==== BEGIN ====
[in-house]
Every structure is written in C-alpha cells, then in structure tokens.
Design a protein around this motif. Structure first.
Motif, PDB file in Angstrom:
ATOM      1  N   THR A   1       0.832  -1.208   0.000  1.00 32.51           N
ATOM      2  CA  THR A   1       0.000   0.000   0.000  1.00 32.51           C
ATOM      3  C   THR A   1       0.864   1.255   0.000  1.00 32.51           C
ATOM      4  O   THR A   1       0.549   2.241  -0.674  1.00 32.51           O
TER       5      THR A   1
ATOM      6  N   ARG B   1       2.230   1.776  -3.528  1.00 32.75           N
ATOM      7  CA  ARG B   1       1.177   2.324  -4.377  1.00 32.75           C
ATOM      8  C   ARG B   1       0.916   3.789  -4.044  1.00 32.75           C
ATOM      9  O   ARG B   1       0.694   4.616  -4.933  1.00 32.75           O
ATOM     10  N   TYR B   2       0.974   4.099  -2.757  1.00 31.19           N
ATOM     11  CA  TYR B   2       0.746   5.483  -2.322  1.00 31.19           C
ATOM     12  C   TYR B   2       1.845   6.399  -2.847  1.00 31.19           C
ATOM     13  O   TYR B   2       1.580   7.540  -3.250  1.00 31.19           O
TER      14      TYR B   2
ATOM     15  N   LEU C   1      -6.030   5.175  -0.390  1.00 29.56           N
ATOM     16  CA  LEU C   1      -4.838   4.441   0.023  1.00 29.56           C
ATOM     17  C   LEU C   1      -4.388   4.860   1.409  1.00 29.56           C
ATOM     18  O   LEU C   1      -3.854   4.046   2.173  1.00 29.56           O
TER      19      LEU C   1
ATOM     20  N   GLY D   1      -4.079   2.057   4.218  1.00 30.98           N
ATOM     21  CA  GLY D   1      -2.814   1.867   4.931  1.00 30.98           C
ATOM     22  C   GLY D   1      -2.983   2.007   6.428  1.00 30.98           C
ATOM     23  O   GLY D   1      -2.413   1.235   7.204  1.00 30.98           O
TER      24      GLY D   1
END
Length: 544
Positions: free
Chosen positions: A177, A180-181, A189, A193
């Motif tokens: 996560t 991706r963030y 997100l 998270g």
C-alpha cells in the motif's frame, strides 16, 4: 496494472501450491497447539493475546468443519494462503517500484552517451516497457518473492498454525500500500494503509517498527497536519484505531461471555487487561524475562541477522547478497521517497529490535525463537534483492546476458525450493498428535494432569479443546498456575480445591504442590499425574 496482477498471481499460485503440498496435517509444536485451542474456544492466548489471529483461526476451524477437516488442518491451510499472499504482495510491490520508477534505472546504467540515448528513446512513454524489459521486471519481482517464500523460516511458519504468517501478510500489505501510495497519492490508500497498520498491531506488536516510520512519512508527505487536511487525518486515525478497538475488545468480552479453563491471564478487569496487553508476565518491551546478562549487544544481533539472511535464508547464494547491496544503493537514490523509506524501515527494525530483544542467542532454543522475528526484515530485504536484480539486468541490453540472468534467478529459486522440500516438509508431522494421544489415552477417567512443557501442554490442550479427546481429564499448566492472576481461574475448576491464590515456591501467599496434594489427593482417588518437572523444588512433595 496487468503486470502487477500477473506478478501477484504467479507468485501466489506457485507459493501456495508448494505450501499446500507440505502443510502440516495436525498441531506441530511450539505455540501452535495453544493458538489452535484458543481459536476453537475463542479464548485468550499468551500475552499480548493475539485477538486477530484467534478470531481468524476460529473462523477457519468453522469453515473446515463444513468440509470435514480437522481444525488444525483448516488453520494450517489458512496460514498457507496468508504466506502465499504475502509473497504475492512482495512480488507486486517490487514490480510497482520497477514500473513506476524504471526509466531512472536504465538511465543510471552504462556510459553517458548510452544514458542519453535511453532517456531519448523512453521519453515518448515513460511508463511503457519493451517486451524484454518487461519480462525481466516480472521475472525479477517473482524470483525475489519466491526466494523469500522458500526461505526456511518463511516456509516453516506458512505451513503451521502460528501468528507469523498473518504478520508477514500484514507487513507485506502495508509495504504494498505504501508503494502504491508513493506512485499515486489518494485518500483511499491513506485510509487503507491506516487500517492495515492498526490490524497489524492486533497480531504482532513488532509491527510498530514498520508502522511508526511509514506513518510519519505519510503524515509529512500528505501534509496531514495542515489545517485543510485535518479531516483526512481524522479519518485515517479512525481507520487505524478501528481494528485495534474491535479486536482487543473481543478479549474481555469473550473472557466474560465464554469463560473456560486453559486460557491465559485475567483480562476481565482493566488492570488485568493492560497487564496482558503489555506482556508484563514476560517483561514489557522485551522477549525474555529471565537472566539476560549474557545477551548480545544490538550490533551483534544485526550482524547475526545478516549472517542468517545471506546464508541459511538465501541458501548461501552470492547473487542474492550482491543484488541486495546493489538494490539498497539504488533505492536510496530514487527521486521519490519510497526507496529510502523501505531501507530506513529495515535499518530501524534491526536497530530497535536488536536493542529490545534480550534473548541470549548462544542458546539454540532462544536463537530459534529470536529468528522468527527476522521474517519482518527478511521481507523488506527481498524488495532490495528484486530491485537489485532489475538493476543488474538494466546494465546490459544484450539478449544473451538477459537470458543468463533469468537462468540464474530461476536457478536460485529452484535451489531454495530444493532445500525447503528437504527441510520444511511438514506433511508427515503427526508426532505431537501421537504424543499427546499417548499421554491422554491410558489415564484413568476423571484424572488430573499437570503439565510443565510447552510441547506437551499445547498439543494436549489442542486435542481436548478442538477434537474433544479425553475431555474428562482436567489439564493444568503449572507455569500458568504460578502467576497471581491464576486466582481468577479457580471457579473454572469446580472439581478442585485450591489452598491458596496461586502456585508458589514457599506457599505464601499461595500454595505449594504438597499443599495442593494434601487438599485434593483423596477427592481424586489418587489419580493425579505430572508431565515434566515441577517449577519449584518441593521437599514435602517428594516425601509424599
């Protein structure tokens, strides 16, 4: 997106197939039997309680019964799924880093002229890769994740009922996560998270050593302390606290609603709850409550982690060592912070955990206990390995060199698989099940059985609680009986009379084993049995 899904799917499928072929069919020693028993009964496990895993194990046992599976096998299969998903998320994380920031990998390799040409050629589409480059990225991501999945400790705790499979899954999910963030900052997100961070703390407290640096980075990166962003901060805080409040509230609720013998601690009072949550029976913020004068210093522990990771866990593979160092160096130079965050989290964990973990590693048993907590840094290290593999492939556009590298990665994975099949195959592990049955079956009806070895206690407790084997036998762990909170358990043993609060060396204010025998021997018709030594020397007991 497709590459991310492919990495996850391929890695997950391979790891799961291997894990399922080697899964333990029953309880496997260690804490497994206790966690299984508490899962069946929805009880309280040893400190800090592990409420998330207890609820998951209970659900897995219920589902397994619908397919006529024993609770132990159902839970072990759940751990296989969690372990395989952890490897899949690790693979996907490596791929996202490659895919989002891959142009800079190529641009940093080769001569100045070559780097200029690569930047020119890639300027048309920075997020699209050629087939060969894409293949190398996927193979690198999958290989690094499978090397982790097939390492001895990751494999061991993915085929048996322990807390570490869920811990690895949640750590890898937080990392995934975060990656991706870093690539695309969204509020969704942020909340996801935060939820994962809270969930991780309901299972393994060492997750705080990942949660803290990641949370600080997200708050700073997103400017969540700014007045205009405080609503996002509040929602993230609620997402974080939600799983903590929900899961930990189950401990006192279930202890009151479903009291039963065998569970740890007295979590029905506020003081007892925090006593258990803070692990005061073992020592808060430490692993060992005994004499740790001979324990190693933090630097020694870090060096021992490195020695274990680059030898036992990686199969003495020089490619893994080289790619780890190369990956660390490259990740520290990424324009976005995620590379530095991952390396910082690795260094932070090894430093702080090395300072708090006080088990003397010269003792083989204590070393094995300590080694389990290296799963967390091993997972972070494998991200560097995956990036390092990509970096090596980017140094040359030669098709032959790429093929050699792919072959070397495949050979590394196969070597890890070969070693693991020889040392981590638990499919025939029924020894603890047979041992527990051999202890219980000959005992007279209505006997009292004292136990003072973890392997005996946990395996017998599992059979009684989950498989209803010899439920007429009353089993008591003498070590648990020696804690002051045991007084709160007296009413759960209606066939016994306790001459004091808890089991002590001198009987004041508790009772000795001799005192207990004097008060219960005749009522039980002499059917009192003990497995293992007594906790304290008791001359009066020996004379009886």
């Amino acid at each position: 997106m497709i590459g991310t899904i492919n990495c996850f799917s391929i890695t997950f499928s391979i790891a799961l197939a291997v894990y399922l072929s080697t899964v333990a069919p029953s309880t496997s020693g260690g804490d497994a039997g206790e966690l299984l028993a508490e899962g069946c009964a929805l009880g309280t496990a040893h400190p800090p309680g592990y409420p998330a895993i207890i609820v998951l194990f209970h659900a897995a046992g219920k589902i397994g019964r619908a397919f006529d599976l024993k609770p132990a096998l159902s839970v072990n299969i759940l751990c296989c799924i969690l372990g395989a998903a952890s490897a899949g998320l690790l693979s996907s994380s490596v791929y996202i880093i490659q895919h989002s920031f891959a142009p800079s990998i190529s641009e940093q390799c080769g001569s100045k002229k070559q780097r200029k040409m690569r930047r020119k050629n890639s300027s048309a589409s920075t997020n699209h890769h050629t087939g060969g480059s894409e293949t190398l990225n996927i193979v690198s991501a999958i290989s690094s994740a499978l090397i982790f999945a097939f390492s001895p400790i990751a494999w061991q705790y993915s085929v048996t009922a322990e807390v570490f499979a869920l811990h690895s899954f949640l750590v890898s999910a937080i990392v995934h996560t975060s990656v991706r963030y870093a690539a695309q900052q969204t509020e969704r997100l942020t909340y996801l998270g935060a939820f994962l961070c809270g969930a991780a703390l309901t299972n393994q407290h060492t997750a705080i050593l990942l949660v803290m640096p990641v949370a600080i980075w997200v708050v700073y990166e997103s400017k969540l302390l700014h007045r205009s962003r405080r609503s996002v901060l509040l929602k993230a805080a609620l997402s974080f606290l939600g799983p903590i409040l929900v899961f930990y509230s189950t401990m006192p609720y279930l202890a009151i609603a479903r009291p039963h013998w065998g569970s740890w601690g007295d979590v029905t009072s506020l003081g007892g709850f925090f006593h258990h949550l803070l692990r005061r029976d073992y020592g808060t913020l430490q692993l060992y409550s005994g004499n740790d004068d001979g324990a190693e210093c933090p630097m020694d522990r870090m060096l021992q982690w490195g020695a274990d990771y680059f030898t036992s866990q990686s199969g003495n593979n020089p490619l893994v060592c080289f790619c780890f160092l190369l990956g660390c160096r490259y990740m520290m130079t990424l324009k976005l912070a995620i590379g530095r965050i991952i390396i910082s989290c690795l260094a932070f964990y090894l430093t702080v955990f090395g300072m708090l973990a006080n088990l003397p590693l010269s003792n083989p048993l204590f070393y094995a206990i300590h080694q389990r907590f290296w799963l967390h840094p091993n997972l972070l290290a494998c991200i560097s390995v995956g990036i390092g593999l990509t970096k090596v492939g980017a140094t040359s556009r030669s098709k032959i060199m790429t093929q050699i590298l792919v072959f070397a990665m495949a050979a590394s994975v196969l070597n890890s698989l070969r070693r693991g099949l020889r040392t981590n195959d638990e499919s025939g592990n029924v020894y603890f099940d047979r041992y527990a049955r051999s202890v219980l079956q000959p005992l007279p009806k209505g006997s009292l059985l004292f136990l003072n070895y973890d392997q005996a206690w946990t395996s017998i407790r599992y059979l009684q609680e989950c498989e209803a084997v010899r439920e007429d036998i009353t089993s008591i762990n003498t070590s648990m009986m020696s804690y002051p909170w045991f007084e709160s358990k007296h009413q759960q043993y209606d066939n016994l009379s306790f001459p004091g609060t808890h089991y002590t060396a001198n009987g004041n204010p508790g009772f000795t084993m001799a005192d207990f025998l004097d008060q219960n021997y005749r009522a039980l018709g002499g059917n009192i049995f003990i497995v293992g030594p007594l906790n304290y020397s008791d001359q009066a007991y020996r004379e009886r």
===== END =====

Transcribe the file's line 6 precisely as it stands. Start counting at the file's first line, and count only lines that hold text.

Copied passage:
ATOM      2  CA  THR A   1       0.000   0.000   0.000  1.00 32.51           C